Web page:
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Doripenem is a new carbapenem recently introduced into Europe. The COMParative Activity of Carbapenem Testing (COMPACT) study compared the susceptibility of common Gram-negative bacilli causing serious infections in hospitalized patients with doripenem, imipenem and meropenem.
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Activity of the new cephalosporin ceftaroline against bacteraemia isolates from patients with community-acquired pneumonia.
Int. J. Antimicrob. Agents
PUBLISHED: 02-08-2009
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The activity of ceftaroline, a novel cephalosporin, was evaluated against 1337 isolates from patients with bacteraemic community-acquired pneumonia (CAP) requiring hospitalisation (including 119 Haemophilus influenzae, 9 Moraxella catarrhalis, 164 Staphylococcus aureus, 1007 Streptococcus pneumoniae and 38 Streptococcus pyogenes). Minimum inhibitory concentrations (MICs) were determined by broth microdilution according to Clinical and Laboratory Standards Institute (CLSI) guidelines, and susceptibility category assessments were made using CLSI or US Food and Drug Administration (FDA) breakpoints. Ceftaroline MICs were < or = 0.008-0.06 mg/L against H. influenzae, 0.25-2mg/L against methicillin-resistant S. aureus (MRSA), 0.06-1mg/L against methicillin-susceptible S. aureus, 0.015-0.5mg/L against M. catarrhalis and < or = 0.008-0.5mg/L against S. pneumoniae, and all S. pyogenes isolates had ceftaroline MICs < or = 0.008mg/L. Ceftaroline was more active than ceftriaxone or cefepime both against MRSA and penicillin-resistant pneumococci. More than 90% of MRSA isolates were resistant to clarithromycin and levofloxacin but were susceptible to linezolid or tigecycline. A high rate of clarithromycin resistance was also observed in the pneumococci. Ceftaroline was very active in vitro against all CAP isolates, including MRSA and penicillin-non-susceptible pneumococci, in contrast to the other beta-lactams tested. These data confirm ceftaroline as a new cephalosporin with enhanced anti-Gram-positive activity and suggest that ceftaroline has the potential to be a useful new agent in the treatment of CAP-associated bacteraemic infections.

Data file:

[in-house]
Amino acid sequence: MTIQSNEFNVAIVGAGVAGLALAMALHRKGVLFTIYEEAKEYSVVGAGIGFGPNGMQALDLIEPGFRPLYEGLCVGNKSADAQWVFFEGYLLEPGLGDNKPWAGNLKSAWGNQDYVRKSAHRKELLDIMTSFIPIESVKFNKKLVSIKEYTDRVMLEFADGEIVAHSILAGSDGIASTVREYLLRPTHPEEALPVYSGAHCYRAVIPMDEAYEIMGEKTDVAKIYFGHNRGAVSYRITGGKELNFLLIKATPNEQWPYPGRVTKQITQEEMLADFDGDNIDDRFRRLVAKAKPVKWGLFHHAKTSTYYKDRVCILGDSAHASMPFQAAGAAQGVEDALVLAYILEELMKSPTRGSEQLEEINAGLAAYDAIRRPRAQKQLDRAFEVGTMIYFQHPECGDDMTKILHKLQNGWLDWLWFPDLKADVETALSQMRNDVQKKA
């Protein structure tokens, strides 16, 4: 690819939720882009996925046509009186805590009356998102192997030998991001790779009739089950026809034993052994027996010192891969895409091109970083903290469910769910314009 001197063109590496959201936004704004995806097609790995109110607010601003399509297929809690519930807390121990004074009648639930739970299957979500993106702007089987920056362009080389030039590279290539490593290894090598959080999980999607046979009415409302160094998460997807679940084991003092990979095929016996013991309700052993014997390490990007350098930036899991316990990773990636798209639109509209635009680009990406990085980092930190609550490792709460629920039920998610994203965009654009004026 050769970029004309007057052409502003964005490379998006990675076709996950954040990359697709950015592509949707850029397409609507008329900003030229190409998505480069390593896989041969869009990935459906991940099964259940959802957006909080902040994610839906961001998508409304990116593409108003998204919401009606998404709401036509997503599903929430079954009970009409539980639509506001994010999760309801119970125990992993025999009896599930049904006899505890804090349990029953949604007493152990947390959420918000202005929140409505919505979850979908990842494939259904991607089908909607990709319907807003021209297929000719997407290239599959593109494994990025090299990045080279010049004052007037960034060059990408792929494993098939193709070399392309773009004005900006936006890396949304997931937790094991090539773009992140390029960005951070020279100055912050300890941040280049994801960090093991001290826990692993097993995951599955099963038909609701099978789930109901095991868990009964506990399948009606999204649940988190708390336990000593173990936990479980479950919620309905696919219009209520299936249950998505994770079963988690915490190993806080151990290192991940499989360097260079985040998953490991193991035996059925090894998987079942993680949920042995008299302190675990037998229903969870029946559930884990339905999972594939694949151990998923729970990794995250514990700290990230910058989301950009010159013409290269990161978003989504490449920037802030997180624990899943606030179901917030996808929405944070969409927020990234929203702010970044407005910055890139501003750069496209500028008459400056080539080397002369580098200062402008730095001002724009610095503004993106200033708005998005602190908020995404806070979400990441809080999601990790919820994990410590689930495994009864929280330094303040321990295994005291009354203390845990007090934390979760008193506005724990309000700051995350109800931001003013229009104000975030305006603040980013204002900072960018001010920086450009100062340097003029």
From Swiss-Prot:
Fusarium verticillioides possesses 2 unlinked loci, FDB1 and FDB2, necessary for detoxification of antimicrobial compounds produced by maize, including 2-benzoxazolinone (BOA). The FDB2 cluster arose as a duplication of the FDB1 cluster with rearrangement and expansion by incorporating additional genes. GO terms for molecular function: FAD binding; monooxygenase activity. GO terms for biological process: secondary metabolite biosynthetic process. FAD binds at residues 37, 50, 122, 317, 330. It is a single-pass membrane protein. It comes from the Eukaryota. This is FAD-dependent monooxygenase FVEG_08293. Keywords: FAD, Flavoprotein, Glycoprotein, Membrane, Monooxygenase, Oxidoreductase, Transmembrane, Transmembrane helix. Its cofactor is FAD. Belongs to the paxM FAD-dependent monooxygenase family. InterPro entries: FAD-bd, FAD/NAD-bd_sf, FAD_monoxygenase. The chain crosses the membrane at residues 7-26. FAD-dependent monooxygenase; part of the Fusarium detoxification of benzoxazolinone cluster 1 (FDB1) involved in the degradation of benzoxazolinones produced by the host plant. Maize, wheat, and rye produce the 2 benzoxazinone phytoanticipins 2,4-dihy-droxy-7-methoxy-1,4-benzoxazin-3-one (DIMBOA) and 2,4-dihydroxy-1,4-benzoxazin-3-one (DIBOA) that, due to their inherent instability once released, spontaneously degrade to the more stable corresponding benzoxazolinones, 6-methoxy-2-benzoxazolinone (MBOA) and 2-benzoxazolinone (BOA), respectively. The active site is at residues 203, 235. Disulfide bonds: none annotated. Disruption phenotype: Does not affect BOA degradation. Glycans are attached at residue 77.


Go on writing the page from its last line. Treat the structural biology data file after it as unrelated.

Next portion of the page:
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Activity of oritavancin against methicillin-resistant staphylococci, vancomycin-resistant enterococci and ?-haemolytic streptococci collected from western European countries in 2011.
J. Antimicrob. Chemother.
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To determine the activity of oritavancin against methicillin-resistant staphylococci, vancomycin-resistant enterococci (VRE) and ?-haemolytic streptococci recently isolated from acute bacterial skin and skin structure infections or bacteraemia in western Europe.
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In vitro activity of ceftaroline and comparator antimicrobials against European and Middle East isolates from complicated skin and skin-structure infections collected in 2008-2009.
Int. J. Antimicrob. Agents
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The activities of ceftaroline, the active metabolite of the pro-drug ceftaroline fosamil, a novel anti-meticillin-resistant staphylococcal cephalosporin, and nine comparators were determined against surveillance isolates collected in 2008-2009. Over 3000 isolates associated with complicated skin and skin-structure infections (cSSSIs) were collected from 106 centres in 19 countries. MICs were determined using CLSI broth microdilution methodology. Clonal relatedness of meticillin-resistant Staphylococcus aureus (MRSA) with raised ceftaroline MICs (2 mg/L) was assessed by MLST, PFGE and mec typing. The presence of Panton-Valentine leukocidin in these isolates was also determined. Ceftaroline was active against 500 MRSA and 479 meticillin-susceptible S. aureus, with MIC(50/90) values of 0.5/2 mg/L and 0.25/0.25 mg/L, respectively. For coagulase-negative staphylococci (CoNS), the ceftaroline MIC(50/90) values for meticillin-resistant strains (n=159) were the same as those seen for MRSA. Meticillin-susceptible CoNS (n=113) had the same MIC(90) as that seen with S. aureus, but the MIC(50) was lower at 0.06 mg/L. Ceftaroline was also active against ?-haemolytic streptococci (n=526; MIC(50/90)=0.004/0.015 mg/L), other streptococci (n=75; 0.015/0.06 mg/L), common Enterobacteriaceae (n=897; 0.25/?128 mg/L) and Enterococcus faecalis (n=329; 1/16 mg/L). Those MRSA with ceftaroline MICs of 2mg/L were found to be from four clonal groups associated with the country of origin. These data confirm the broad-spectrum in vitro activity of ceftaroline against cSSSI pathogens. Ceftaroline is unique among clinically available cephalosporins, having good in vitro activity against MRSA and meticillin-resistant CoNS and moderate activity against Gram-negative bacteria.
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A novel resistance mechanism to triclosan that suggests horizontal gene transfer and demonstrates a potential selective pressure for reduced biocide susceptibility in clinical strains of Staphylococcus aureus.
Int. J. Antimicrob. Agents